Seventeen Best of 2017

Posted January 8, 2018 by Kara in book review, Imaginative Discussions, Kara / 1 Comment

Seventeen Best of 2017

I saw some bloggers and booktubers writing about their seventeen favorite books of 2017, so I decided I would participate. I’m not sure where the idea started or if it matters, but if you know, please leave me a comment and I will credit whomever it was. I actually don’t mind having to choose seventeen books, because there were actually a lot of books I liked this year. Some were published in 2017, and a few weren’t. As always, I’m behind on my ARCs so I did my best with those, and as a result most of the books I read this year were actually published this year. But I did read a few that are publishing in 2018, and I read a few really old ARCs (whoops!). Anyway, these are the books I loved most in 2017, not in any particular order.

The Song Rising by Samantha Shannon (Bloomsbury)
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A delightful continuation of the series. Perhaps my favorite book so far because we got to see what other Scion cities were like, and it is bleak as heck but the world-building and excitement are STRONG. Bring on book four already!

Want by Cindy Pon (Simon & Schuster)
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I’m really into science fiction now, and I credit this book as one of the few that really got me into the genre. This is another case of super strong world-building, as Cindy Pon is one of those writers that always seems to deliver for her readers. Oh, and also, I really loved the characters.

Flashtide by Jenny Moyer (Macmillan)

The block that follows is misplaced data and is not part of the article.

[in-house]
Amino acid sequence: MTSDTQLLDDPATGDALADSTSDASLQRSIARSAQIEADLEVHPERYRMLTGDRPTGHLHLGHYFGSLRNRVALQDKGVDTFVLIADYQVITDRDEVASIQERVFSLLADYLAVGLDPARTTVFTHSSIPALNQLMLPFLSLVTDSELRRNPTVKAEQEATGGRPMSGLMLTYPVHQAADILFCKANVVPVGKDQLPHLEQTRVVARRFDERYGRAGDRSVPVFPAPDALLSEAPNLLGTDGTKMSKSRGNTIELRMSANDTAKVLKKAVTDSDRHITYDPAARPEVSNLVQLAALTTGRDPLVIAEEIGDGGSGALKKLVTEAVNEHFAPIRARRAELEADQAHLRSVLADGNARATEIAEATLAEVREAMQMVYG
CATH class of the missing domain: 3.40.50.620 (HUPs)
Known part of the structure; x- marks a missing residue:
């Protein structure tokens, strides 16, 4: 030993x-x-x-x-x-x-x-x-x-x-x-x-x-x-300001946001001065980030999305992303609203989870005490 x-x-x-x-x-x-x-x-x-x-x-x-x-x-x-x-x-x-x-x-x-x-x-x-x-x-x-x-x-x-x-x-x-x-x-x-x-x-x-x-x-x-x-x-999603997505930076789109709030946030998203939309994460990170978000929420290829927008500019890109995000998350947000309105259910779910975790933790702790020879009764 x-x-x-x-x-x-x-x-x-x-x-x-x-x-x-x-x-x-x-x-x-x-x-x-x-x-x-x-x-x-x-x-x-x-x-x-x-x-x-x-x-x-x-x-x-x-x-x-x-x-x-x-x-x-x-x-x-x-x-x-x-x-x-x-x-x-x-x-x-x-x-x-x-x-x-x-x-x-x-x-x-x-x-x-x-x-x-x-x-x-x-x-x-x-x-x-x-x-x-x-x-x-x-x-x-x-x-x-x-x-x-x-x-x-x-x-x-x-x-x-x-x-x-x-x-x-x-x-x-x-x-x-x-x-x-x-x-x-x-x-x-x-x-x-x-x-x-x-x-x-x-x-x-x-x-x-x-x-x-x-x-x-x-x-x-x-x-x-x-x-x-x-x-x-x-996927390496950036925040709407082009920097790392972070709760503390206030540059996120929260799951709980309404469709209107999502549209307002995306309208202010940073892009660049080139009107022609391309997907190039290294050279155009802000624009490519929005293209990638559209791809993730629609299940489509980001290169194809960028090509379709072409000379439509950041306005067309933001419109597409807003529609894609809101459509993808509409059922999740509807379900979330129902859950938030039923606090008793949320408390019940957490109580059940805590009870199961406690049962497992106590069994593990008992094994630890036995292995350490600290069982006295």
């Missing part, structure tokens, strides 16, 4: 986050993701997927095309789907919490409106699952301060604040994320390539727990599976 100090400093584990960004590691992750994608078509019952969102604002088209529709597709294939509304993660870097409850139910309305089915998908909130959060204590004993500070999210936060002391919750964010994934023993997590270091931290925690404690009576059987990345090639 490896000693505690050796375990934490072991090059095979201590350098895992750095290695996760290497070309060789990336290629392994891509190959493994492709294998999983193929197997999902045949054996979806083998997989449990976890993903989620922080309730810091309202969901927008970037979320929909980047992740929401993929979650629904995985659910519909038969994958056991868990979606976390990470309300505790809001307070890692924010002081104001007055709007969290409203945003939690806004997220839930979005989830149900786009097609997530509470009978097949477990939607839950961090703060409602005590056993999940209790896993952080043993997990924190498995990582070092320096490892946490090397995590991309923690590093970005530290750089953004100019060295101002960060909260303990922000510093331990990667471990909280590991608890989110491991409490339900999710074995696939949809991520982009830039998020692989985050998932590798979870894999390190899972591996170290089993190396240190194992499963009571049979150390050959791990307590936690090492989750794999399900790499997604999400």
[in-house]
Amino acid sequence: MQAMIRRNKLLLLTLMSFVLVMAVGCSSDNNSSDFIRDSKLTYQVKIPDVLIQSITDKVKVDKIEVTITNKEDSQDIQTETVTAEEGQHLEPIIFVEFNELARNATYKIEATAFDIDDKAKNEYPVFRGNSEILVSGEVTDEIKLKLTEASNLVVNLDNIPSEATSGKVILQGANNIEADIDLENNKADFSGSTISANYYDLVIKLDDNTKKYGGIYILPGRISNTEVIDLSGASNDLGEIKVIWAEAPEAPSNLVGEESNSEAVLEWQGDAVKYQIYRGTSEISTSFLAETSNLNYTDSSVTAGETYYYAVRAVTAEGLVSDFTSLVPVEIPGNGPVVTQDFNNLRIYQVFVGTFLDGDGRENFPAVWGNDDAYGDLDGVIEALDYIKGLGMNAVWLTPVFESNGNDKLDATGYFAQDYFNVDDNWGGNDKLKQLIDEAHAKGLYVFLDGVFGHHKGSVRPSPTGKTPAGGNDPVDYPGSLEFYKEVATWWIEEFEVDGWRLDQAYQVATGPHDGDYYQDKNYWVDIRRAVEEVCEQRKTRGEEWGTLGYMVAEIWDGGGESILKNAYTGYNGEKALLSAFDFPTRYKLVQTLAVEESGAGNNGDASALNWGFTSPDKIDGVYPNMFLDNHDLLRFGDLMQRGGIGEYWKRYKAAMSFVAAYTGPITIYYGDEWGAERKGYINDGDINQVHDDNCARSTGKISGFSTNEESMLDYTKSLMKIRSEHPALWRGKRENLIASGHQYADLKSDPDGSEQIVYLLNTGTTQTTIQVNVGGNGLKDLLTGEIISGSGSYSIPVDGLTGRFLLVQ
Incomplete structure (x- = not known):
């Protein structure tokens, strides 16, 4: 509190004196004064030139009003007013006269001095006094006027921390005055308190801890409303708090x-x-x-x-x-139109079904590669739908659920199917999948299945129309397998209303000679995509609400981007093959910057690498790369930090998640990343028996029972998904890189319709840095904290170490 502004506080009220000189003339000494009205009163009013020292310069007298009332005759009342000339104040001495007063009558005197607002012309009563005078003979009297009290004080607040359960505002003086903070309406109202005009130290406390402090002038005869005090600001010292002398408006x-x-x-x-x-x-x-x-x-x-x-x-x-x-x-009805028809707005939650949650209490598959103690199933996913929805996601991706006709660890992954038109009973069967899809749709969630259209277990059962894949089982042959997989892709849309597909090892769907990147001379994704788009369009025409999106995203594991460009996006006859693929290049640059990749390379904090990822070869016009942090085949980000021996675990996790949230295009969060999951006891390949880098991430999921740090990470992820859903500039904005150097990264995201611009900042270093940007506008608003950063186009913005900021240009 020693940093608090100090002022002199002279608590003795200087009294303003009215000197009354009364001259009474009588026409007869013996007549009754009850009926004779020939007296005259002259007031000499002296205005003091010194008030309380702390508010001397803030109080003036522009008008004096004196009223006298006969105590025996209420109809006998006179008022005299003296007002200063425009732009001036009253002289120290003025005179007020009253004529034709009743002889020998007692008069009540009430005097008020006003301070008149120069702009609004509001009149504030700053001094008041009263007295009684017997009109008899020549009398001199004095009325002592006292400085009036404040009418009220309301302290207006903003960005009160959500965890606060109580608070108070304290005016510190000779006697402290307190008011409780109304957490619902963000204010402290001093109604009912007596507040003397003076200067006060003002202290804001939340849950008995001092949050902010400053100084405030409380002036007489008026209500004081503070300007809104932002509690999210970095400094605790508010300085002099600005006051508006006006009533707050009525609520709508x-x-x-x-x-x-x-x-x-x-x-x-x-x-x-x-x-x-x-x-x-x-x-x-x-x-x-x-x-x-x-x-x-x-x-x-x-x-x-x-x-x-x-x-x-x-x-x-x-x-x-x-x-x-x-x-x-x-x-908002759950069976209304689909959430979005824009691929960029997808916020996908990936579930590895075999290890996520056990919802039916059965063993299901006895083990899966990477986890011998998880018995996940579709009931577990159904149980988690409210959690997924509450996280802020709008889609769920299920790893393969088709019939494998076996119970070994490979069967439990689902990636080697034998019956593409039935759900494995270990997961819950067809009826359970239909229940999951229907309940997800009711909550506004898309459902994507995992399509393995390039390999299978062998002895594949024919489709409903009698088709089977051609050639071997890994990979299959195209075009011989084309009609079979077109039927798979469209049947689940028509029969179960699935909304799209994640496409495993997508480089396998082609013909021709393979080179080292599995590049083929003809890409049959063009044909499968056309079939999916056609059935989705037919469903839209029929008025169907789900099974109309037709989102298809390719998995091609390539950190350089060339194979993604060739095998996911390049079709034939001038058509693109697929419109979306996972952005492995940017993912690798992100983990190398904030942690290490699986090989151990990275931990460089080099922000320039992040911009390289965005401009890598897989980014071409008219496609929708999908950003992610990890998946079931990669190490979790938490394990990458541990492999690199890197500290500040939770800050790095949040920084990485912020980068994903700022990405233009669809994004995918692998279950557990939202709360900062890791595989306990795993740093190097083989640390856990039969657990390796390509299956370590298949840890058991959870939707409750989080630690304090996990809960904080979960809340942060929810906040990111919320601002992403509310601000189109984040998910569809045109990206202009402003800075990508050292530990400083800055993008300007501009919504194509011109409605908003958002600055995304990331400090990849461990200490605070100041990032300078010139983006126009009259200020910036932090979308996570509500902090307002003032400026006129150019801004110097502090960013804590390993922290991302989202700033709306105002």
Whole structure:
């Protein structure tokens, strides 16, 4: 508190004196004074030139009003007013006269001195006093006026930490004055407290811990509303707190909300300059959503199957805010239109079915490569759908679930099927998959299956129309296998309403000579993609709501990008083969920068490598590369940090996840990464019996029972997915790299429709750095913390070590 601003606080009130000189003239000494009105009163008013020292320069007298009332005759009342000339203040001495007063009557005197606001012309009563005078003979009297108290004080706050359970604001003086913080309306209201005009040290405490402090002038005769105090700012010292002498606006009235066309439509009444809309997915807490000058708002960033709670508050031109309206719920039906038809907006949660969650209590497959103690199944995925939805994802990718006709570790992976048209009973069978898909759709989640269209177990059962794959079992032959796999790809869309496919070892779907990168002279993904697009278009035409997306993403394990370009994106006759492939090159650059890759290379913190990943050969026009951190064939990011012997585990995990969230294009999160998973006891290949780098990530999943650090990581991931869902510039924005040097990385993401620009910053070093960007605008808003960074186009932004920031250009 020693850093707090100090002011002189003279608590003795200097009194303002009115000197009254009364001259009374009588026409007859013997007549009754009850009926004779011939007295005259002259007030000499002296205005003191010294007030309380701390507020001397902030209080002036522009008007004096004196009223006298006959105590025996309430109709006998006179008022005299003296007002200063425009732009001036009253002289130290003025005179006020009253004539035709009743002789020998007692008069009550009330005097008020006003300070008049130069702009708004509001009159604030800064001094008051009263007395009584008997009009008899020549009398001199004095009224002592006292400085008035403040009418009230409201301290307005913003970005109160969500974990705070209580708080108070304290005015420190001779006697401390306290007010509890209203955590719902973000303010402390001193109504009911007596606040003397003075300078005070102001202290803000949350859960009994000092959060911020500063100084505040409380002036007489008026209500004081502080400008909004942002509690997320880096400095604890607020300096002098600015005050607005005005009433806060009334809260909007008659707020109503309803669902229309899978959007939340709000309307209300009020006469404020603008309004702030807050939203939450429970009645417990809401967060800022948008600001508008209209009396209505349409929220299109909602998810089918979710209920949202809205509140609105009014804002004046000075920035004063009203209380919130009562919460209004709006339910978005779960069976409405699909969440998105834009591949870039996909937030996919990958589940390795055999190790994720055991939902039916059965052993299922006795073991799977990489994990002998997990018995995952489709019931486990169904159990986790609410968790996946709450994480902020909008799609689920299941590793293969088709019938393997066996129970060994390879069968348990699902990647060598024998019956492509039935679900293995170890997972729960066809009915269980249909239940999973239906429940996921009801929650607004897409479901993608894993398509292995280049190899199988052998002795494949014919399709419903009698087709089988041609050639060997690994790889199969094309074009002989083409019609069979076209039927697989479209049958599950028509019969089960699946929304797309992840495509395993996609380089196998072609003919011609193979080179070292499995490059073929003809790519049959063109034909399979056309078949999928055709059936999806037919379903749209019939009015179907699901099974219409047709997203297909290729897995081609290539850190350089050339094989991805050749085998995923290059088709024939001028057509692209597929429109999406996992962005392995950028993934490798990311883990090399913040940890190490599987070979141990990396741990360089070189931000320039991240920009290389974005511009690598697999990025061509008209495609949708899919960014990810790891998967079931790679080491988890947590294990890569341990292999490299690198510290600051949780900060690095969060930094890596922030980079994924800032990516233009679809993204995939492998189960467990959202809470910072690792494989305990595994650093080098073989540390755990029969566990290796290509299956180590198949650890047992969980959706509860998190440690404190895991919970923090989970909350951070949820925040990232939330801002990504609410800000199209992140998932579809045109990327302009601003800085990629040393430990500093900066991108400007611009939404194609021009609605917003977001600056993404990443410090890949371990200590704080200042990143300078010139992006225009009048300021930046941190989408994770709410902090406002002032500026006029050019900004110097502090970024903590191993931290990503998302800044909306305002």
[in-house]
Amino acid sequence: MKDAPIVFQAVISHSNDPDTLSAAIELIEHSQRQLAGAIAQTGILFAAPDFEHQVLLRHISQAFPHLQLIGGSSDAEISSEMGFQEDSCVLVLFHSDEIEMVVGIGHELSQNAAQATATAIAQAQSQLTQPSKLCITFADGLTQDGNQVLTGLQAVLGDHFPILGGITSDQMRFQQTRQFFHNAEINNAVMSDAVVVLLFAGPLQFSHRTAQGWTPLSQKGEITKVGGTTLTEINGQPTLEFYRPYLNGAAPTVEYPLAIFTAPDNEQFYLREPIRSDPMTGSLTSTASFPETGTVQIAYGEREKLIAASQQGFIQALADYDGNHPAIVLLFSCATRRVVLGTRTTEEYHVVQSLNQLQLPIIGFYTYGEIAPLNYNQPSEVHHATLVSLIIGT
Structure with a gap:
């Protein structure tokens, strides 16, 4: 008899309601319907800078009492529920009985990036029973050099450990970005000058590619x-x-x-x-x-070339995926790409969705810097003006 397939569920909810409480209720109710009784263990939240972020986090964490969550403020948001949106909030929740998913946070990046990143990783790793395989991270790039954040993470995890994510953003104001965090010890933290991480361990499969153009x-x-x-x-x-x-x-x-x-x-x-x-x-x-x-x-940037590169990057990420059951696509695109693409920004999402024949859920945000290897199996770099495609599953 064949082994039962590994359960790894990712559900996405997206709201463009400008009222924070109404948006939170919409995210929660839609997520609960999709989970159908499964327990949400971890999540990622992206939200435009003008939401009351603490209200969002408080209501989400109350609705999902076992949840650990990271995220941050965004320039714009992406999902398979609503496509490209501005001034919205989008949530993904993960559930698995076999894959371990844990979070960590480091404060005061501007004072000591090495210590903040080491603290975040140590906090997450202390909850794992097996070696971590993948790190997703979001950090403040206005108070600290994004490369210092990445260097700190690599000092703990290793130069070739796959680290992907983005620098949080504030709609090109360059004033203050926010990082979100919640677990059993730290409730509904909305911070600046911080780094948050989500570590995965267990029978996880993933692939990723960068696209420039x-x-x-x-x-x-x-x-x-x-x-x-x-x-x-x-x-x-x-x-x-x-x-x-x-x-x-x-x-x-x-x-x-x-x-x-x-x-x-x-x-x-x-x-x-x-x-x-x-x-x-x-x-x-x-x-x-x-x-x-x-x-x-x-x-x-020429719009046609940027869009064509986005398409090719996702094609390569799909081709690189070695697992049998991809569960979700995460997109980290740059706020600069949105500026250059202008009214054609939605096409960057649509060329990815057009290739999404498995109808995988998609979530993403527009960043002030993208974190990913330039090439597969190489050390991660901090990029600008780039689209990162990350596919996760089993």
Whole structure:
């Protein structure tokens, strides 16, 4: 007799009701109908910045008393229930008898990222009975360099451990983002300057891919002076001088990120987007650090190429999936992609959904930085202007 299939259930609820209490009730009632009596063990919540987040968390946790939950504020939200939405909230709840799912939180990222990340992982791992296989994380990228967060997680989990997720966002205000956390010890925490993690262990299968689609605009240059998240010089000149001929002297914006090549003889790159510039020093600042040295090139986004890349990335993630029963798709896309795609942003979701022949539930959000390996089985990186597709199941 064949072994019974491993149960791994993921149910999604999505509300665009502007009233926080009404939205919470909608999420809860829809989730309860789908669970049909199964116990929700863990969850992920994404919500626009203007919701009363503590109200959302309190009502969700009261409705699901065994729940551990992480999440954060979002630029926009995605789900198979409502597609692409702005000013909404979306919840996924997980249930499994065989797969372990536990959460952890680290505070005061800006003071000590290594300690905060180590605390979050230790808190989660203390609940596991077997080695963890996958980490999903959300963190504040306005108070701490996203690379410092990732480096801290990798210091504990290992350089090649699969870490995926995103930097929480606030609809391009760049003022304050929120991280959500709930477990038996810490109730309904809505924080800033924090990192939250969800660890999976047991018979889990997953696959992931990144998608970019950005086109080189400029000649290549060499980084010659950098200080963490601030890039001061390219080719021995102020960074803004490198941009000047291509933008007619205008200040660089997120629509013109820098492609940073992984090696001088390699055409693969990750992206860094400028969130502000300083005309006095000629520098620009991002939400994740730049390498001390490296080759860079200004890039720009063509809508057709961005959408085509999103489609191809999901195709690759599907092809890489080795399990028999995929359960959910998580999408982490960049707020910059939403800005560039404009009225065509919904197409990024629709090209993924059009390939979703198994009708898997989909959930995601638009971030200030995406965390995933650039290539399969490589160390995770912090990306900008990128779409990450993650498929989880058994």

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I really wish more people were aware of this duology. I’ve blogged and tweeted about it several times, but this book got like zero promotion from Macmillan and that’s really sad because it is SO. GREAT. It left me feeling so traumatized. The world is bleak, bleak, bleak and you spend the whole time wondering how they can POSSIBLY get out of it, and some of them don’t.

Jane, Unlimited by Kristin Cashore (Penguin)
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This was my first Kristin Cashore and it definitely won’t be my last. Experimental young adult fiction is super rare, and this one was loaded with awesome storytelling and multiple genre-defying endings. The Tu Reviens estate is full of exciting characters and painted with a rich atmosphere.

This Mortal Coil by Emily Suvada (Simon & Schuster)
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Just when you think the dystopian genre has taken its last gasping, dying breath, a book like This Mortal Coil pops up and completely blows readers away. Books about devastating plagues are supposed to be tense, exciting, and full of gory details, and this one certainly is. It’s also full of twists and an ending I never saw coming.

Heart of Iron by Ashley Poston (HarperCollins)